deleted).

Furthermore, it moves #2, #3 and #4 till execution time (flowExecute).
Item #2a is performed at the start of flowExecute, so we can avoid
starting any protocol action if it turns out that we should not
start execution (duplicate name). The actions needed in
Statement#flowExecute and PreparedStatement#flowExecute are similar,
so I factored these out into the methods Statement#
checkForDuplicateCursorName and Statement#setupCursorNameCacheAndMappings.

Next, I removed code from getCursorName which redundantly performs #3
(now always handled at execute time).

CAVEAT: When working on understanding what goes on here, I found that
the Statement finalizer can lead to cursors being released; this is
part of the client side clean-up for statements that are not
explicitly closed (DERBY-210). This can sometimes lead to time
variability in canned cursor names in client driver tests which do not
close statements explicitly. If the canned cursor name occurs in the
canon file, we can see spurious diff due to this. I think we have seen
this in the past. Avoid it by closing statements or by naming the
cursors explicitly.

Finally, I removed work-around code in jdbcapi/checkDataSource.java
for derby-1036 and derby-1183 and updated masters to reflect that the
cursor names are no longer forgotten.


> Client java.sql.ResultSet.getCursorName() does not return the correct cursor name for
Statements after the first execution
> --------------------------------------------------------------------------------------------------------------------------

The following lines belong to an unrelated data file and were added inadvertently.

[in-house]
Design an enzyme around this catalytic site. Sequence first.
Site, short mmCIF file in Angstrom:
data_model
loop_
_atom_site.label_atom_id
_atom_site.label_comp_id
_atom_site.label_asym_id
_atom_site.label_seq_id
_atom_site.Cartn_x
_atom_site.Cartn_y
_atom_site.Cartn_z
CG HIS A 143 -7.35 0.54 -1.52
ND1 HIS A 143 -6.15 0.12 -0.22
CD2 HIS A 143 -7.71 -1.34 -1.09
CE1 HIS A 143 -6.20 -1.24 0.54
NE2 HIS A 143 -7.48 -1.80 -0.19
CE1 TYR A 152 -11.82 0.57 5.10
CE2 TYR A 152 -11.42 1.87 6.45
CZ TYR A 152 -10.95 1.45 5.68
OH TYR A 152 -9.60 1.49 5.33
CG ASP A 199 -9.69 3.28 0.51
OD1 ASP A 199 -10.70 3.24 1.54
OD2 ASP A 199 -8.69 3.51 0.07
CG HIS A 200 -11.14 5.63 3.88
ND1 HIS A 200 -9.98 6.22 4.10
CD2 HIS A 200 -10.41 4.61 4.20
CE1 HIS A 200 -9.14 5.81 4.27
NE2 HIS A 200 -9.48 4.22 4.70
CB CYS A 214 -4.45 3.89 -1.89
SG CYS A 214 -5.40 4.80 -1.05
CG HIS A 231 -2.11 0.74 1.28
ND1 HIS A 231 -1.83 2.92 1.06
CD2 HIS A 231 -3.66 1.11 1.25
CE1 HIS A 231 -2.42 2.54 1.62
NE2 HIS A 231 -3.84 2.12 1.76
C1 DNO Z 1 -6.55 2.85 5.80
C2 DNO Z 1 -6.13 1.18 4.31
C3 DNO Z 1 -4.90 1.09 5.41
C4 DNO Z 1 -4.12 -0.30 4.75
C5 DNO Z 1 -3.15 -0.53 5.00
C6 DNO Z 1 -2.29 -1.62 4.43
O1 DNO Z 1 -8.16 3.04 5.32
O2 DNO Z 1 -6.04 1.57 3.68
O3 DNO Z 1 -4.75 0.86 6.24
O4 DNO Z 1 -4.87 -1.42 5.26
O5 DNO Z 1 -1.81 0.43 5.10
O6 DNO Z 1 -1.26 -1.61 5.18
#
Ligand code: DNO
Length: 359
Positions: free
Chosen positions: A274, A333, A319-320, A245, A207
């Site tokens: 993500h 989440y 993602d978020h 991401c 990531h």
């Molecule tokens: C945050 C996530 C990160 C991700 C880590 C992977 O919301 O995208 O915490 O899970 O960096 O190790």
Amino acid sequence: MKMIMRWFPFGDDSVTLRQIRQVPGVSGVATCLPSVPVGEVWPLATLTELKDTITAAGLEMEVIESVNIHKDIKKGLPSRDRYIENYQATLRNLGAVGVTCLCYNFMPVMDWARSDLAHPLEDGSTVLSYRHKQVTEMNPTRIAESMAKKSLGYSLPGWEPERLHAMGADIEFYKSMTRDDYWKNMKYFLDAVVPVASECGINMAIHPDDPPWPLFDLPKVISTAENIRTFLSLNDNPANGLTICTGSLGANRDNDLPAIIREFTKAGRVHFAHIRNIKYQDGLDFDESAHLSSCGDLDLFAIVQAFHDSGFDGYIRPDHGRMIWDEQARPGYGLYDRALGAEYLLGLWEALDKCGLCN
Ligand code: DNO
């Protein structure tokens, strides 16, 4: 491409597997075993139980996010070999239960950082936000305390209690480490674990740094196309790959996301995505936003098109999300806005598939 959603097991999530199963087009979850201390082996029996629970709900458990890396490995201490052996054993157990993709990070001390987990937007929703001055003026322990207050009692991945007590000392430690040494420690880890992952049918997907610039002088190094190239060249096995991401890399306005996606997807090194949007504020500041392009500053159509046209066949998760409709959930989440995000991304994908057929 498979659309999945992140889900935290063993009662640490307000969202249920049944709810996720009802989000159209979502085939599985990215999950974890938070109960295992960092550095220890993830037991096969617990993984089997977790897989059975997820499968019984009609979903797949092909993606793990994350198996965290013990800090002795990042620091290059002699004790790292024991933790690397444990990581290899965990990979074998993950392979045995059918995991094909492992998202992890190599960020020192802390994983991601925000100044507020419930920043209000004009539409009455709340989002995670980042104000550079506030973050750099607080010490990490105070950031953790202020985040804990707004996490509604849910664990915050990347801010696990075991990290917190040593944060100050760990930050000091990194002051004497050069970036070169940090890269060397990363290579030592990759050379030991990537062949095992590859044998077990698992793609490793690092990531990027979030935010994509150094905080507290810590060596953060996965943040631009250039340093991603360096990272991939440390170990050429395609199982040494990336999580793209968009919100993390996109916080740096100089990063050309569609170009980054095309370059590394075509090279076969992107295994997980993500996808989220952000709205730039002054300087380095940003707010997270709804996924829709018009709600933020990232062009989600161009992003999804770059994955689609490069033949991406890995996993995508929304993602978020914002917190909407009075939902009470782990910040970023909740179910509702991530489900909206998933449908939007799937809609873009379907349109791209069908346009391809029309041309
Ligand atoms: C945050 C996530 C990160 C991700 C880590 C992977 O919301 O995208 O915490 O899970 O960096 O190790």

>
>          Key: DERBY-1183
>          URL: http://issues.apache.org/jira/browse/DERBY-1183
>      Project: Derby
>         Type: Bug

>   Components: JDBC
>     Versions: 10.2.0.0
>     Reporter: Kathey Marsden
>     Assignee: Dag H. Wanvik
>      Fix For: 10.2.0.0
>  Attachments: derby-1183.diff, derby-1183.stat
>
> For client, if the cursor name is set with java.sql.Statement.setCursorName() the name
set by the user only applies to the first execution.  Subsequent executions use the default
cursor name.  To reproduce run the progam below as follows:
> D>java -Dframework=DerbyNetClient GetCursorName
> 10.2.0.0 alpha
> Apache Derby
> Apache Derby Network Client JDBC Driver
> rs.getCursorName():MyCursor
> rs.getCursorName():SQL_CURLH000C2
> With embedded it is ok:
> D>java  GetCursorName
> 10.2.0.0 alpha
> Apache Derby
> Apache Derby Embedded JDBC Driver
> rs.getCursorName():MyCursor
> rs.getCursorName():MyCursor
> import java.sql.Connection;
> import java.sql.DatabaseMetaData;
> import java.sql.ResultSet;
> import java.sql.SQLException;
> import java.sql.Statement;
> import org.apache.derbyTesting.functionTests.util.TestUtil;
> class GetCursorName
> {
>     
>     public static void main (String args [])throws Exception 
>     {
>     	testGetCursorName();
>     }
>     
>     public static void testGetCursorName() throws SQLException
>     {
> 		
> 		Connection conn = TestUtil.getConnection("wombat","create=true");
> 		Statement stmt = null;
> 		ResultSet rs = null;
> 		DatabaseMetaData md = conn.getMetaData() ;
> 		System.out.println(md.getDatabaseProductVersion());
>         System.out.println(md.getDatabaseProductName());
>         System.out.println(md.getDriverName());
> 		
> 		stmt = conn.createStatement();
> 		// Setting the cursor name works for one execution ok.
> 		stmt.setCursorName("MyCursor");
> 		rs = stmt.executeQuery("select count(*) from sys.systables");
> 		System.out.println("rs.getCursorName():" + rs.getCursorName());
> 		rs.close();
> 		//Executing another query seems to clears the cursor name.
> 		// getCursorName() will print the default cursor name SQLXXX.
> 		rs = stmt.executeQuery("select count(*) from sys.systables");
> 		System.out.println("rs.getCursorName():" + rs.getCursorName());
> 		rs.close();
> 		stmt.close();
>         conn.close();
>       }
>   
> }
> I noticed this bug when coverting the checkDataSource test for client.
> I will change that test to set the cursor name for each execution for client.